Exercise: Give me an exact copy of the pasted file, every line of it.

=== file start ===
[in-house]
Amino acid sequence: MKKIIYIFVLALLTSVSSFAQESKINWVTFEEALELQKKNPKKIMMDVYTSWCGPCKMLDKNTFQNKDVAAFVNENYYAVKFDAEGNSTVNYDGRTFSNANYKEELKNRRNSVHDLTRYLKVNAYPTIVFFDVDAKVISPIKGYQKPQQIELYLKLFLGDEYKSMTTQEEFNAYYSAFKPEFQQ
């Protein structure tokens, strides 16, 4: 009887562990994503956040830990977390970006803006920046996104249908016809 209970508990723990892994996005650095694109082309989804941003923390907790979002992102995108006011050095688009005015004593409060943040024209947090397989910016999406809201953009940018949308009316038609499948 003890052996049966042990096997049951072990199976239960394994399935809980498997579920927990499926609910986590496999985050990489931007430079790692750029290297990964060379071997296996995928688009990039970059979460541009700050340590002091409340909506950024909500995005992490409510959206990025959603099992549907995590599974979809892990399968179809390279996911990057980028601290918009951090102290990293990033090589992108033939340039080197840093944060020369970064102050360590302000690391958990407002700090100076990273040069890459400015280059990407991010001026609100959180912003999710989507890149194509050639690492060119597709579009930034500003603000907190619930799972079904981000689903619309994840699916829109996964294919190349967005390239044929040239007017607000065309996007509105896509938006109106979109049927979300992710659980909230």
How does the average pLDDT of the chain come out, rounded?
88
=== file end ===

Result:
[in-house]
Amino acid sequence: MKKIIYIFVLALLTSVSSFAQESKINWVTFEEALELQKKNPKKIMMDVYTSWCGPCKMLDKNTFQNKDVAAFVNENYYAVKFDAEGNSTVNYDGRTFSNANYKEELKNRRNSVHDLTRYLKVNAYPTIVFFDVDAKVISPIKGYQKPQQIELYLKLFLGDEYKSMTTQEEFNAYYSAFKPEFQQ
């Protein structure tokens, strides 16, 4: 009887562990994503956040830990977390970006803006920046996104249908016809 209970508990723990892994996005650095694109082309989804941003923390907790979002992102995108006011050095688009005015004593409060943040024209947090397989910016999406809201953009940018949308009316038609499948 003890052996049966042990096997049951072990199976239960394994399935809980498997579920927990499926609910986590496999985050990489931007430079790692750029290297990964060379071997296996995928688009990039970059979460541009700050340590002091409340909506950024909500995005992490409510959206990025959603099992549907995590599974979809892990399968179809390279996911990057980028601290918009951090102290990293990033090589992108033939340039080197840093944060020369970064102050360590302000690391958990407002700090100076990273040069890459400015280059990407991010001026609100959180912003999710989507890149194509050639690492060119597709579009930034500003603000907190619930799972079904981000689903619309994840699916829109996964294919190349967005390239044929040239007017607000065309996007509105896509938006109106979109049927979300992710659980909230």
How does the average pLDDT of the chain come out, rounded?
88